Jennifer Sims-Mourtada, Ph.D.

Current Projects

Cancer stem cell signatures in hereditary and aggressive breast cancers

Approximately 85% of women with germ-line mutations in the BRCA1 gene will eventually develop breast cancer. For these women, the only current preventative measure is bilateral mastectomy or  oophorectomy The goal of this project is to find less invasive measures to prevent and treat cancer in this patient population.  BRCA1 plays a role in differentiation of mammary stem cells as well as DNA repair. Loss of BRCA1 is thought to result in the accumulation of genetically unstable stem cells, leading to further carcinogenic events and the generation of cancer stem cells (CSC).  Intrinsic features of CSC include the capacity for self-renewal, increased resistance to radiation and chemotherapy and the ability to induce tissue vascularization and invasion. These attributes suggest that CSC may be the principal driving force behind tumor growth, metastases and recurrence.

Several developmental pathways have been shown to regulate self-renewal and differentiation of mammary stem cells.  These pathways, such as Hedgehog, WNT and Notch have been linked to tumorigenesis and are often activated in aggressive tumors. Inhibitors to these pathways are currently under clinical development by several major pharmaceutical companies. This project will  identify stem cell pathways that are activated in tumor specimens from patients with BRCA1 mutations and examine the effects of targeted inhibition of these pathways on the growth and survival of breast cancer cell lines harboring BRCA1 mutations.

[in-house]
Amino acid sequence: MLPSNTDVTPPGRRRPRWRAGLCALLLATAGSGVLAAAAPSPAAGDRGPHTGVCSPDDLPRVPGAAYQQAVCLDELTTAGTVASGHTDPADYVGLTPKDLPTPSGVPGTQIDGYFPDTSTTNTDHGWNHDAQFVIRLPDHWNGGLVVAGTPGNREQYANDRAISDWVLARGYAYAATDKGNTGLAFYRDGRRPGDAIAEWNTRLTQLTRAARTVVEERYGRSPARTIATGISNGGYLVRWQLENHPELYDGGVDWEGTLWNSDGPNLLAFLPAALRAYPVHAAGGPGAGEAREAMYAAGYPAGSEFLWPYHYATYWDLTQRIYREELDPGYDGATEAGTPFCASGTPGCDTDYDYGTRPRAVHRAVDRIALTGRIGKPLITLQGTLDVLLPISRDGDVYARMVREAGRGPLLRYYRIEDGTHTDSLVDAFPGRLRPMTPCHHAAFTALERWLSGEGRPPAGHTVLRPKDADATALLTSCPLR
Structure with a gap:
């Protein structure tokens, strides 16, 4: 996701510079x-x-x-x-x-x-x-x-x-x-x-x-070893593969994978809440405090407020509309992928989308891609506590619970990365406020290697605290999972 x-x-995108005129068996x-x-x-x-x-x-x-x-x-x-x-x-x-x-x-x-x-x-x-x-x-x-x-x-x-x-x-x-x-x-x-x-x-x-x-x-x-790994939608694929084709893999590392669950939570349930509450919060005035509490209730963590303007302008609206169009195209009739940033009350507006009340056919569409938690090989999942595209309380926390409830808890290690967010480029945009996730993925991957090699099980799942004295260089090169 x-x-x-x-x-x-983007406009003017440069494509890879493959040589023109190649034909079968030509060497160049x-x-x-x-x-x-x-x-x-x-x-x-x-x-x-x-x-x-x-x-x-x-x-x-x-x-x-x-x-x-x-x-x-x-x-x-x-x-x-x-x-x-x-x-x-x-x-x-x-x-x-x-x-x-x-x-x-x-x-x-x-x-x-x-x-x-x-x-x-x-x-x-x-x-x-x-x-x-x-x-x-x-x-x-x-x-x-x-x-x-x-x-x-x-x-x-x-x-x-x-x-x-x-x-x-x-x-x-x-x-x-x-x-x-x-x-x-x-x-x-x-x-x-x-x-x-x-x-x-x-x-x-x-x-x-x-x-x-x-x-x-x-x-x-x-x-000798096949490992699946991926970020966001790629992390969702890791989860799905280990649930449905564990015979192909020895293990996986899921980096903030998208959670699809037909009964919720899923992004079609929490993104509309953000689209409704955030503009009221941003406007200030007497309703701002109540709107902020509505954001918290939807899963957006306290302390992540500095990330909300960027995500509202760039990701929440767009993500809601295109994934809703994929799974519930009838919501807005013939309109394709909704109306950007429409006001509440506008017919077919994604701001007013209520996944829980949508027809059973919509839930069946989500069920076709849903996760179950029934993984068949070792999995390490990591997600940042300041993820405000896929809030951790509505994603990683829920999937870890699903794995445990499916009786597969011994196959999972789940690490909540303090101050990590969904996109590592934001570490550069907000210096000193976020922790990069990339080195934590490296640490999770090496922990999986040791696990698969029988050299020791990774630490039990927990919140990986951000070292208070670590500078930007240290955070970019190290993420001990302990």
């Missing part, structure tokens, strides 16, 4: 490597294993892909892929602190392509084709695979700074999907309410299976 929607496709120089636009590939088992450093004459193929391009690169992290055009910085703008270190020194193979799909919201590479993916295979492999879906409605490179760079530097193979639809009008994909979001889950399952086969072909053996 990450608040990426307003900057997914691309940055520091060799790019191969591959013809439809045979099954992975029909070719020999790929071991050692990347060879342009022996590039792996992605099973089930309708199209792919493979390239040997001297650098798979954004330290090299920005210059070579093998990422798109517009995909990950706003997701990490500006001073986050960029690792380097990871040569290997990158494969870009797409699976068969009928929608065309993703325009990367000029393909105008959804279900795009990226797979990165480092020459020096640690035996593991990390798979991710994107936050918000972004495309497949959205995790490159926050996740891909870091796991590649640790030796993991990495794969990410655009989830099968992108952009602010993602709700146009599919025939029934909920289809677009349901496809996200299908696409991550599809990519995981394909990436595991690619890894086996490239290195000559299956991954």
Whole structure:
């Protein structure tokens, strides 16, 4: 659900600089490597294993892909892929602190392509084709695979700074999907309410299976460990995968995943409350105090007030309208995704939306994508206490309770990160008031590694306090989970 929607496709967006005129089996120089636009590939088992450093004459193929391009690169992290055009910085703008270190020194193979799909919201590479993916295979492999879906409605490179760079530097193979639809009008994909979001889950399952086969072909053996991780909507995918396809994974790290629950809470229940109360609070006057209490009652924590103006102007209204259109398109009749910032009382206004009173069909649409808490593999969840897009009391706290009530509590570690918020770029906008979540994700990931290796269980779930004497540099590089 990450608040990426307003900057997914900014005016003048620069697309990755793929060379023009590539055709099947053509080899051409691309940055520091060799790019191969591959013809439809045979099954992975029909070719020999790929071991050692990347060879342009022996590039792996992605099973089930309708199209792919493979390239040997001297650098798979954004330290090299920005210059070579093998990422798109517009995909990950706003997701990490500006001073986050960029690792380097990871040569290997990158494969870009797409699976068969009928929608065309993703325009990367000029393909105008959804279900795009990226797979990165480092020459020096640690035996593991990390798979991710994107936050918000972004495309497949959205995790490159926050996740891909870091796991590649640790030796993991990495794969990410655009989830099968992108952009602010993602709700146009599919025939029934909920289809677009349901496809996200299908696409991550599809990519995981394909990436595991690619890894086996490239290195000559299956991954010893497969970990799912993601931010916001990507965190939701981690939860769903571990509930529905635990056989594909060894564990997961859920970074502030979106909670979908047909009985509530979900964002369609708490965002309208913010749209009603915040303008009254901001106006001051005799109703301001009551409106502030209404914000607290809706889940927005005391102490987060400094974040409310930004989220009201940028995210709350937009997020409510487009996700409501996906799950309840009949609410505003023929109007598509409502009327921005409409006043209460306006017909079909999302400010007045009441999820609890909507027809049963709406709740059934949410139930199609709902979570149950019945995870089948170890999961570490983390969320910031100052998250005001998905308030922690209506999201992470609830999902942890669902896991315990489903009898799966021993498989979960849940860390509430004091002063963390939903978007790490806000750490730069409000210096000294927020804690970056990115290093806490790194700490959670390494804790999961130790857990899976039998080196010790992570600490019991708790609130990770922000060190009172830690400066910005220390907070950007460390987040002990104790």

Radiation induced expansion of cancer stem cells

Increased activation of the hedgehog pathway has been observed in cancer stem cells. Increased mRNA levels of SHH, Gli and the receptor PTCH-1 have been reported in CD44+CD24-/low/lin- breast cancer cells isolated from human tumors, compared to the bulk of tumor cells.   Our group has identified a higher expression of the PTCH receptor on the surface of breast cancer stem-like cells than the total cellular population in several breast cancer cell lines. Additionally, we have shown that breast cancer cells cultured in stem cell promoting conditions secrete higher levels of SHH. Previous studies by our group and others  have suggested  that there is an increase in cancer stem cells after exposure to radiation and chemotherapy. The goal of this project is to determine if hedgehog signaling contributes to the survival and  proliferation of cancer stem cells after  radiation treatment and how hedgehog interacts with other stem cell pathways that are activated under these conditions.  

Selected Publications

1.Smith, D.L., Breeman, WAP, Sims-Mourtada, J. The untapped potential of 68-Gallium-PET:

the next wave of 68-gallium agents. Journal of Applied Radiation and Isotopes, 2012, 2012

Oct 29 (12)00537-4.

2. Sims-Mourtada,J. Yang,D., Tworowka, I, Larson, R, Smith, D, Tsao, N, Opdenaker, L.,

Mourtada, F. Woodward, W. Detection of canonical hedgehog signaling in breast cancer by

131-Iodine-labeled derivatives of the sonic hedgehog protein.

Journal of Biomedicine and Biotechnology, 2012, Article ID 639562.

3. Delpassand,E., Samarghandi,,A., Sims Mourtada,J, Zamanian,S ., Espanan,G., Sharif,R.,

MacKenzie,S., Kosari,K., Barakat, B., Naqvi,S.,Seng,JE., Lowell Anthony,L. Long-term

survival and toxicity profile of patients with progressive neuroendocrine tumors following

Peptide Receptor Radionuclide Therapy with high activity 111In pentetreotide Theranostics,2012, in press.

4. McKeller MR, Herrera-Rodriquez S, Ma W, Ortiz-Quintero, b, Rangel R, Cande C, Sims-Mourtada, J, Melinikova, V, Kashi C, Phan LM, Chen Z Huang P, Dunner K, Kroemer G,Singh KK, Martinez-Valdez, H. Vital function of PRELI and essential requirement of its LEA motif. Cell Death and Disease, 2010 (1) 113.

5. Delpassand,E.S., Sims-Mourtada, J., Saso, H, Azhdarinia, A; Ashoori, F, Torabi, F.,